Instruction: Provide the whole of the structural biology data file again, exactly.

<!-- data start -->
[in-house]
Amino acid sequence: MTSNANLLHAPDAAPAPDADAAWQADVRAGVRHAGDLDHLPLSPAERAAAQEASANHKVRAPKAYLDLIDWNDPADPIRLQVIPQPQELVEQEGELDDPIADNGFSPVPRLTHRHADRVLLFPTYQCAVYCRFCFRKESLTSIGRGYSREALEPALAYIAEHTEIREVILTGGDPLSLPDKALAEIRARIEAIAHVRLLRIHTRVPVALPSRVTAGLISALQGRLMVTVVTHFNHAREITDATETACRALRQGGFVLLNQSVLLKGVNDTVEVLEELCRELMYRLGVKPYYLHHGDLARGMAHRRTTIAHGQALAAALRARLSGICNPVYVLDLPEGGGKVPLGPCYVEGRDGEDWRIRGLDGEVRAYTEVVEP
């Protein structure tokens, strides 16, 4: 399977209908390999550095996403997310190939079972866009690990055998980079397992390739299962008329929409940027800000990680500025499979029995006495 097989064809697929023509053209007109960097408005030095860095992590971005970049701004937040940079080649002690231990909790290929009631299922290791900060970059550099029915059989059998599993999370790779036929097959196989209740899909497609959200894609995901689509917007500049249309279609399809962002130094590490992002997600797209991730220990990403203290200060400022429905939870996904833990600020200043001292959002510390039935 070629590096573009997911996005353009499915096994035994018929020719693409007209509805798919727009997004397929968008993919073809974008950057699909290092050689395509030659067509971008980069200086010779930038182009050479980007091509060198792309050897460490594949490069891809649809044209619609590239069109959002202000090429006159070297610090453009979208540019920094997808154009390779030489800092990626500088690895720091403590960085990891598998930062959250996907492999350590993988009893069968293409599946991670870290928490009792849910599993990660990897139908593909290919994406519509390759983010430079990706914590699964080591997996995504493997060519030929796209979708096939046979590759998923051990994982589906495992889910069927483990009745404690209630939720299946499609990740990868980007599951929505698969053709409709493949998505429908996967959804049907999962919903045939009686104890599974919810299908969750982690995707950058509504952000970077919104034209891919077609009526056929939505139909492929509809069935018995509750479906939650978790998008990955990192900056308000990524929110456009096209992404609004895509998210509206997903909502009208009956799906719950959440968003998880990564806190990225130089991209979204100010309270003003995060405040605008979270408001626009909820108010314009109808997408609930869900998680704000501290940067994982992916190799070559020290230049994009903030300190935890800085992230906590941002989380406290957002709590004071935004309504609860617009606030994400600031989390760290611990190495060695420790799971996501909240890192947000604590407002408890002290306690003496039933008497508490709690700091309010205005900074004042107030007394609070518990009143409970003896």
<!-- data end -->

[in-house]
Amino acid sequence: MTSNANLLHAPDAAPAPDADAAWQADVRAGVRHAGDLDHLPLSPAERAAAQEASANHKVRAPKAYLDLIDWNDPADPIRLQVIPQPQELVEQEGELDDPIADNGFSPVPRLTHRHADRVLLFPTYQCAVYCRFCFRKESLTSIGRGYSREALEPALAYIAEHTEIREVILTGGDPLSLPDKALAEIRARIEAIAHVRLLRIHTRVPVALPSRVTAGLISALQGRLMVTVVTHFNHAREITDATETACRALRQGGFVLLNQSVLLKGVNDTVEVLEELCRELMYRLGVKPYYLHHGDLARGMAHRRTTIAHGQALAAALRARLSGICNPVYVLDLPEGGGKVPLGPCYVEGRDGEDWRIRGLDGEVRAYTEVVEP
């Protein structure tokens, strides 16, 4: 399977209908390999550095996403997310190939079972866009690990055998980079397992390739299962008329929409940027800000990680500025499979029995006495 097989064809697929023509053209007109960097408005030095860095992590971005970049701004937040940079080649002690231990909790290929009631299922290791900060970059550099029915059989059998599993999370790779036929097959196989209740899909497609959200894609995901689509917007500049249309279609399809962002130094590490992002997600797209991730220990990403203290200060400022429905939870996904833990600020200043001292959002510390039935 070629590096573009997911996005353009499915096994035994018929020719693409007209509805798919727009997004397929968008993919073809974008950057699909290092050689395509030659067509971008980069200086010779930038182009050479980007091509060198792309050897460490594949490069891809649809044209619609590239069109959002202000090429006159070297610090453009979208540019920094997808154009390779030489800092990626500088690895720091403590960085990891598998930062959250996907492999350590993988009893069968293409599946991670870290928490009792849910599993990660990897139908593909290919994406519509390759983010430079990706914590699964080591997996995504493997060519030929796209979708096939046979590759998923051990994982589906495992889910069927483990009745404690209630939720299946499609990740990868980007599951929505698969053709409709493949998505429908996967959804049907999962919903045939009686104890599974919810299908969750982690995707950058509504952000970077919104034209891919077609009526056929939505139909492929509809069935018995509750479906939650978790998008990955990192900056308000990524929110456009096209992404609004895509998210509206997903909502009208009956799906719950959440968003998880990564806190990225130089991209979204100010309270003003995060405040605008979270408001626009909820108010314009109808997408609930869900998680704000501290940067994982992916190799070559020290230049994009903030300190935890800085992230906590941002989380406290957002709590004071935004309504609860617009606030994400600031989390760290611990190495060695420790799971996501909240890192947000604590407002408890002290306690003496039933008497508490709690700091309010205005900074004042107030007394609070518990009143409970003896």